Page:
I have been thinking about loss. Maybe it’s the pandemic we are going through and the litany of people that have died this past year. Maybe it’s my age.

I came out in 1990 in San Francisco, CA. It was a fun time - but hard, trying to figure out community, sex, school and work in the gay community of the Bay Area. HIV seemed to be everywhere. I was lucky enough to meet some remarkable people as a young queer person of color trying to make it through school on a series of part-time jobs and temporary gigs. 

Carmen Vazquez was on the Board of Directors at an organization I worked at when I was 20. She always took time to chat, telling her massive stories and finding the humor in most things. She was tough and did not hide from conflict, but she told me once - after I had been dramatic in a meeting, “stop burning things down, communities work better with bridges and roads.” Sporting her men’s fashion and a smirk, she was a giant in LGBTQ politics, she touched many of our lives. She reminded us to fight for sex, always. Carmen died in January, 2021.

Dr. Joseph Sonnabend also passed in January, 2021. Dr. Sonnabend was a pioneer in HIV treatment. “Joe” to his friends, Dr. Sonnabend was passionate about our lives as people living with HIV. He was forthright in his opinions and worked diligently with HIV advocates to make clinical care and treatment options centered on our needs. He wanted us to see a future with effective treatment, and he was right. I was most surprised at how accessible he remained, even after retirement. He would happily talk about HIV science, treatment and history with young activists and scholars. But he was like that - open and encouraging people’s critical thinking on HIV.

These two hit us at the start of 2021, after a year of so much death. I had worked with Deloris Dockrey, Larry Kramer, Mona Foot, Ed Shaw, Lorena Borjas, Ron Simmons : they were all giants in my HIV and LGBTQ communities, and they were just a few of the hundreds of thousands of deaths in the past year. Unfortunately, we are a people accustomed to loss.

We carry with us people we know and people we don’t. Sometimes we see them in pictures, like on the AIDS Memorial InstaGram or in old gay and lesbian catalogs or pornography. Sometimes they were people we saw in bars or coffee shops or community centers or cruising sites who eventually disappeared. A few loomed large and were recorded in the media. But the vast majority of our community - dead from HIV, suicide, violence, cancer, Covid19, overdose, lack of appropriate health care, accidents, etc. - are remembered through individuals and families, if they are lucky. But our absences also leave a mark. I collaborated with Catron Booker on "The Presence of Absences" to look at this space.

For those of us living with HIV and other kinds of precarity, the experience of grief is different. In The Calendar of Loss: Race, Sexuality, and Mourning in the Early Era of AIDS, Dagmawi Woubshet describes it as “a life where death is not a singular lost object, but instead is ever present, and where the mourner is also dying.” We say goodbye over and over again, knowing one day people will say it to us. In his speech at the 1992 OutWrite Conference, Melvin Dixon tells us he “will be somewhere listening for my name” even as he sees the end of his life before him. Melvin’s novels (Trouble the Water, Vanishing Rooms), essays (The Melvin Dixon Reader) and poems (Change of Territory, Love’s Instruments) are remarkable - and I encourage you to find them.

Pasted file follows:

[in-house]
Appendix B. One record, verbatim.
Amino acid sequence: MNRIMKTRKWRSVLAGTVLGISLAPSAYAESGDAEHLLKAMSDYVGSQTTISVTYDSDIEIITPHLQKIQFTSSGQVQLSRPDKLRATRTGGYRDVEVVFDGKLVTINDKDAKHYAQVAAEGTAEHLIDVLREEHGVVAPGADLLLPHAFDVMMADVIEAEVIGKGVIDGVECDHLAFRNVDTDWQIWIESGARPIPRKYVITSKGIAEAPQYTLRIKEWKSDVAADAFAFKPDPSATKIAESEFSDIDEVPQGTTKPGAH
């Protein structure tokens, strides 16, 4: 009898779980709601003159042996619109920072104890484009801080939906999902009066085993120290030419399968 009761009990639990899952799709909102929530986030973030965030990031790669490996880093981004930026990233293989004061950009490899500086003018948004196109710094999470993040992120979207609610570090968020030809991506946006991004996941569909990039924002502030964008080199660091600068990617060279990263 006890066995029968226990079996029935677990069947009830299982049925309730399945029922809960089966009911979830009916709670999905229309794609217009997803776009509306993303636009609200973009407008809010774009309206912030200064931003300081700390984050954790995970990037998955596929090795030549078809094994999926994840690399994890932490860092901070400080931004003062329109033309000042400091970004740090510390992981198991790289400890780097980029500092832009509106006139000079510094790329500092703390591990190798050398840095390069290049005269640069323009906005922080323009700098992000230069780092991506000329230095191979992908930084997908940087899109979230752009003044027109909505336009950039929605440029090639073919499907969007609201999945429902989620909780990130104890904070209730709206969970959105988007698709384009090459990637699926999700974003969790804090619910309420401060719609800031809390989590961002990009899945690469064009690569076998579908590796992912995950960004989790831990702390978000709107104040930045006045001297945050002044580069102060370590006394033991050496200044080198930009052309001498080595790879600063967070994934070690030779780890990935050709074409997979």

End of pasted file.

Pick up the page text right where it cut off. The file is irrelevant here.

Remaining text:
Yes, Melvin Dixon, I am calling your name. 

This is one fear: that people will not remember us, our work, our dreams, loves and heartbreaks. Does it matter if no one remembers?

Our communities need to work and invest in history, but an activist one not just a passive memorial. I wish more funders understood the importance of knowing our history and connecting with each other. We can use this public memory:

  • as a way of celebrating the lives and works of those who came before us;
  • as a way of helping build a future where people do not suffer as we did from homophobia, racism, transphobia, sexism, ableism, classism and the stigmas against HIV, drug use and sex work;
  • as a way of emboldening our visions and actions towards that better, more inclusive world;
  • as a way of acknowledging that the HIV epidemic is 40 years old and there will be thousands more diagnosed this year because the world did not change enough. 

I had a hard time writing this. This immense loss in my life - I have only been able to share it with others who were there, mostly people in the HIV and LGBTQ communities. We have a sardonic view of the world and death and government. We do not expect anyone to save us - not the police, not the government, not the doctors, not even our families - because they didn’t or couldn’t. Our jokes can be uncomfortable for people. When I am around others, I try to conceal it, as if the mourning would provoke disgust.

But 2020 taught us to celebrate when we can, and that includes the ceremonies at the end of that life. 2021 started with the loss of Carmen and Joe in my community, and in my own family with an aunt and uncle dying. Goodbye. I remember you.